It can be quite an insular profession, spending hours and days in the studio with just yourself or the radio for company. I counteract this mentally by keeping in touch with friends and supporters on social media, and responding to website enquires. As long as I feel like I’ve put in enough time on the pastels, it doesn’t matter what time in the day the drawing happens.

Have you ever received any rejections in your career, if so how did you deal with this?

Plenty! Rejection is par for the course in the creative world, but you can’t let it get you down. A few years back when I was only just starting out in my professional career, I had a big exhibition planned with a renowned UK zoo. After having spent several months preparing a portfolio, they pulled the plug at the last minute without much explanation. It was hard to accept at the time, but I’ve learnt to remain strong in the face of disappointment, and rather than seeing it as wasted time I’ll see it as most of the work done for the next exhibition! Back yourself, and another bigger and better opportunity will be just around the corner.

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Do you have any exhibitions coming up and where can people get hold of prints of your work?

After 4 years of back-to-back solo exhibitions, I have used 2015 to focus on commissions and adding to my general portfolio of artworks. I always submit one or two pieces for the David Shepherd Foundation’s ‘Wildlife Artist of the Year’ exhibition, which takes place in London at the beginning of summer. This is one of the premier exhibitions of its kind, bringing together wildlife artists from across the globe under one roof for a spectacular exhibition of art inspired by the natural world. It’s an unmissable date in the calendar for me, and always the most humbling of occasions. With soaring incidents of wildlife crime taking place across the world, it is easy to get despondent about the future of our planet and its wild animals. The David Shepherd foundation uses art to help fund conservation projects around the world, and it is initiatives like this that gives one a renewed sense of hope. Creative minds collaborating to give back to what inspired them to take action in the first place.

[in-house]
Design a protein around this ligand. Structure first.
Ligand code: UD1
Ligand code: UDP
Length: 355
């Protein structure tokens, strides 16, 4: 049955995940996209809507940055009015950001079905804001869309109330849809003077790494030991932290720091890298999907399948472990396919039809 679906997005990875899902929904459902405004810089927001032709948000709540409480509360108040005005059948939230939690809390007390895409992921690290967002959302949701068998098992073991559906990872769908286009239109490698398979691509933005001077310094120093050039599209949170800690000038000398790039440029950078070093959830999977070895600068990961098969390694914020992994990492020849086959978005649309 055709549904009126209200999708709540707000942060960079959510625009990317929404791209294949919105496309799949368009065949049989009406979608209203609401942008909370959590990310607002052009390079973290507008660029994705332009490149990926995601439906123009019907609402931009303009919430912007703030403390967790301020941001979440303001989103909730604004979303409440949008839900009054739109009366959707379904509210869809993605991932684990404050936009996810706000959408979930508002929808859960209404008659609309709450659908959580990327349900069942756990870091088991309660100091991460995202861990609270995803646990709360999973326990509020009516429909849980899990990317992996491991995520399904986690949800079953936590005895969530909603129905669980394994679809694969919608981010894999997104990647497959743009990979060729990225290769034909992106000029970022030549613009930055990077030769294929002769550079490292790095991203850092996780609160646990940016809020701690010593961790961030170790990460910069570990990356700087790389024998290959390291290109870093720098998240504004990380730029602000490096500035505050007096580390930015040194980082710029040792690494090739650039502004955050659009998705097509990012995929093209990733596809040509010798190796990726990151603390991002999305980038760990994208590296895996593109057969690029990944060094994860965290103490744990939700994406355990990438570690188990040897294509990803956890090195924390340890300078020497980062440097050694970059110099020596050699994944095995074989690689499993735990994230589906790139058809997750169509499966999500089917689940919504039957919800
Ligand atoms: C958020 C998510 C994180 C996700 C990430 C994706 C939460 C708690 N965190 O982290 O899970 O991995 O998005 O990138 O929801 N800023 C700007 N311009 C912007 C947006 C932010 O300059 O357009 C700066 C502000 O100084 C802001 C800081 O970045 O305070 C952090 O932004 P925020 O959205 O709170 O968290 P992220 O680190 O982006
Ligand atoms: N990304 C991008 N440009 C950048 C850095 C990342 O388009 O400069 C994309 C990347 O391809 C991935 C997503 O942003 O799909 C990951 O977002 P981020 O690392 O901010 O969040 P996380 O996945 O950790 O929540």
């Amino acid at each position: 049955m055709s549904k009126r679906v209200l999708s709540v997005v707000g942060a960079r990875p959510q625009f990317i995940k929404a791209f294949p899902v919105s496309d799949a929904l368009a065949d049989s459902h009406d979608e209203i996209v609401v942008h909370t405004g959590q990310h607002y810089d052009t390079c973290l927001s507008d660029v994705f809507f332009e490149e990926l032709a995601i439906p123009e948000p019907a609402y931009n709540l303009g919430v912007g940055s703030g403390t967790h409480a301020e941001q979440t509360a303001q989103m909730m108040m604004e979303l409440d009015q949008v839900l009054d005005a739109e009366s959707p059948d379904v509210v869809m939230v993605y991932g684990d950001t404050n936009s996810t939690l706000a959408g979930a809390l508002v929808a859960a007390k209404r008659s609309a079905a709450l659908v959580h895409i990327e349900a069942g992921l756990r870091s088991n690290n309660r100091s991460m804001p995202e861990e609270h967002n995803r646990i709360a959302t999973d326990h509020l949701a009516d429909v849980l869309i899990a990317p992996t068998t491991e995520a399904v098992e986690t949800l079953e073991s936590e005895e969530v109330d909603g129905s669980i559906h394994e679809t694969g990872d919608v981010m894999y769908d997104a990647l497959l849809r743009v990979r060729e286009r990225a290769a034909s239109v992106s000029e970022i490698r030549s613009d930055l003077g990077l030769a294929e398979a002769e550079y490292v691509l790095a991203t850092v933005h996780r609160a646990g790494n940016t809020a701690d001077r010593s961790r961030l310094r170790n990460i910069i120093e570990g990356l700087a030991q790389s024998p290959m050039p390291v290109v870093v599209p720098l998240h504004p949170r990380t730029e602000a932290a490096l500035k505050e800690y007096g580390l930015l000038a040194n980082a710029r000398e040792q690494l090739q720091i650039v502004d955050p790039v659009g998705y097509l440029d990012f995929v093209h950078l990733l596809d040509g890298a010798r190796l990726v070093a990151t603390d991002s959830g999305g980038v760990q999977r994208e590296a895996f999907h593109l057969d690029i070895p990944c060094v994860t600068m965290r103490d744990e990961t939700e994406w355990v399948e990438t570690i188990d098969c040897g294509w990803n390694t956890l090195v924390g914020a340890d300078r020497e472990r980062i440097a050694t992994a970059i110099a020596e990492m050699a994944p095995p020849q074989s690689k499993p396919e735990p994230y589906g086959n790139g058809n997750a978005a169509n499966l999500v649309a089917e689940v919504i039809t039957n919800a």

I am currently looking at opportunities for another solo show in the next couple of years, and I also have a small selection of limited edition prints for sale in the online shop of my website :

Finally, what is your favourite wildlife encounter or animal you have had the privilege of drawing?

You’ve saved the hardest question for last! If pushed I would have to say my most memorable and vivid wildlife experience was spending time with a family of Mountain gorillas. Sir David Attenborough famously described his encounter with these Great Apes as experiencingmore meaning and mutual understanding in exchanging a glance with a gorilla than with any other animal I know.” I’ve certainly never felt more acutely aware of being observed than when sharing a space with these magnificent animals.

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My favourite animals to draw are probably the birds of prey. The chalky nature of the pastel pencils favours feathers, and I enjoy the challenge of contrasting those delicate feathers with a powerful, waxy beak and glassy eyes. In fact, I have just started on a big portrait of a Bateleur Eagle, so watch this space for updates…

If you fancy seeing Martin at work check out the video below:


Careers Advice, Interviews, Mid Career, Communicator